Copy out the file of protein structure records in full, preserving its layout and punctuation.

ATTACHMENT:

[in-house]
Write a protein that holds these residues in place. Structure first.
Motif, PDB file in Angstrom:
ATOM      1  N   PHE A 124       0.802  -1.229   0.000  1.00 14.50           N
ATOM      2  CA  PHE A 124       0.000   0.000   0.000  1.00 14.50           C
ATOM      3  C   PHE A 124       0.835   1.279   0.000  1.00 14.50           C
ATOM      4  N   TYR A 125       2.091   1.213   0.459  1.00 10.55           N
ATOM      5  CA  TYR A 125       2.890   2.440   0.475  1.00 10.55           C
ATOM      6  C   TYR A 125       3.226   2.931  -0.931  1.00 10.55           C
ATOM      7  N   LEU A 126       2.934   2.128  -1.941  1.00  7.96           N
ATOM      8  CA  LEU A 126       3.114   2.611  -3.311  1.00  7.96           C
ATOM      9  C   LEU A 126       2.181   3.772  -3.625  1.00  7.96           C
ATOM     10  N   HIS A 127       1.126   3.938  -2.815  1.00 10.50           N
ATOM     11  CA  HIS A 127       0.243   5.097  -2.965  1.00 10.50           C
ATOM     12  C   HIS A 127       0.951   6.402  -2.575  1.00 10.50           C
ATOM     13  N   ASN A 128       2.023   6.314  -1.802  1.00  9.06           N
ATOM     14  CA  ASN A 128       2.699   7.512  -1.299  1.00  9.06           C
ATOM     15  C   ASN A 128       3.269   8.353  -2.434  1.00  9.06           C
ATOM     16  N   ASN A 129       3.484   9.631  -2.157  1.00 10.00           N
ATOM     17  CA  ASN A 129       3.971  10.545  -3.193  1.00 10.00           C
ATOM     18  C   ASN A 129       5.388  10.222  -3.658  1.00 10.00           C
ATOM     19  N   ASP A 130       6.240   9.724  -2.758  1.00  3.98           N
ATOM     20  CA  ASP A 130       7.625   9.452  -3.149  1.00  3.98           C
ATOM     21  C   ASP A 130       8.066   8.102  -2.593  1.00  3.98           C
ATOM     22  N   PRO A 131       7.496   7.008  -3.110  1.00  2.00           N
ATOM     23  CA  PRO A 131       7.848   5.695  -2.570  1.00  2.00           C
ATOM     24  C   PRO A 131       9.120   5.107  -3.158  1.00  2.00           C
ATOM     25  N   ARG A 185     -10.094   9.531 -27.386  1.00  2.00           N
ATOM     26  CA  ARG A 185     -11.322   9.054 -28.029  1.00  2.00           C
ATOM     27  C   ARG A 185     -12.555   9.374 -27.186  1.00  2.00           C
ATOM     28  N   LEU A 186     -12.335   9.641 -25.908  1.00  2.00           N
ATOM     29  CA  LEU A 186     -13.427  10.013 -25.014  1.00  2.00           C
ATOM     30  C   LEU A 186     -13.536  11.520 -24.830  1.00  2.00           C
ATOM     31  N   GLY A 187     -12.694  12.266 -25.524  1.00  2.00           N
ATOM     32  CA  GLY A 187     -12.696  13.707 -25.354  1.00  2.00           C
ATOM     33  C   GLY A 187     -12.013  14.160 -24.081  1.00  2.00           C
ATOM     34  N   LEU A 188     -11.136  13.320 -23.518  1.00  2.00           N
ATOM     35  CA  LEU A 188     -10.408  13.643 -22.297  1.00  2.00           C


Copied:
[in-house]
Write a protein that holds these residues in place. Structure first.
Motif, PDB file in Angstrom:
ATOM      1  N   PHE A 124       0.802  -1.229   0.000  1.00 14.50           N
ATOM      2  CA  PHE A 124       0.000   0.000   0.000  1.00 14.50           C
ATOM      3  C   PHE A 124       0.835   1.279   0.000  1.00 14.50           C
ATOM      4  N   TYR A 125       2.091   1.213   0.459  1.00 10.55           N
ATOM      5  CA  TYR A 125       2.890   2.440   0.475  1.00 10.55           C
ATOM      6  C   TYR A 125       3.226   2.931  -0.931  1.00 10.55           C
ATOM      7  N   LEU A 126       2.934   2.128  -1.941  1.00  7.96           N
ATOM      8  CA  LEU A 126       3.114   2.611  -3.311  1.00  7.96           C
ATOM      9  C   LEU A 126       2.181   3.772  -3.625  1.00  7.96           C
ATOM     10  N   HIS A 127       1.126   3.938  -2.815  1.00 10.50           N
ATOM     11  CA  HIS A 127       0.243   5.097  -2.965  1.00 10.50           C
ATOM     12  C   HIS A 127       0.951   6.402  -2.575  1.00 10.50           C
ATOM     13  N   ASN A 128       2.023   6.314  -1.802  1.00  9.06           N
ATOM     14  CA  ASN A 128       2.699   7.512  -1.299  1.00  9.06           C
ATOM     15  C   ASN A 128       3.269   8.353  -2.434  1.00  9.06           C
ATOM     16  N   ASN A 129       3.484   9.631  -2.157  1.00 10.00           N
ATOM     17  CA  ASN A 129       3.971  10.545  -3.193  1.00 10.00           C
ATOM     18  C   ASN A 129       5.388  10.222  -3.658  1.00 10.00           C
ATOM     19  N   ASP A 130       6.240   9.724  -2.758  1.00  3.98           N
ATOM     20  CA  ASP A 130       7.625   9.452  -3.149  1.00  3.98           C
ATOM     21  C   ASP A 130       8.066   8.102  -2.593  1.00  3.98           C
ATOM     22  N   PRO A 131       7.496   7.008  -3.110  1.00  2.00           N
ATOM     23  CA  PRO A 131       7.848   5.695  -2.570  1.00  2.00           C
ATOM     24  C   PRO A 131       9.120   5.107  -3.158  1.00  2.00           C
ATOM     25  N   ARG A 185     -10.094   9.531 -27.386  1.00  2.00           N
ATOM     26  CA  ARG A 185     -11.322   9.054 -28.029  1.00  2.00           C
ATOM     27  C   ARG A 185     -12.555   9.374 -27.186  1.00  2.00           C
ATOM     28  N   LEU A 186     -12.335   9.641 -25.908  1.00  2.00           N
ATOM     29  CA  LEU A 186     -13.427  10.013 -25.014  1.00  2.00           C
ATOM     30  C   LEU A 186     -13.536  11.520 -24.830  1.00  2.00           C
ATOM     31  N   GLY A 187     -12.694  12.266 -25.524  1.00  2.00           N
ATOM     32  CA  GLY A 187     -12.696  13.707 -25.354  1.00  2.00           C
ATOM     33  C   GLY A 187     -12.013  14.160 -24.081  1.00  2.00           C
ATOM     34  N   LEU A 188     -11.136  13.320 -23.518  1.00  2.00           N
ATOM     35  CA  LEU A 188     -10.408  13.643 -22.297  1.00  2.00           C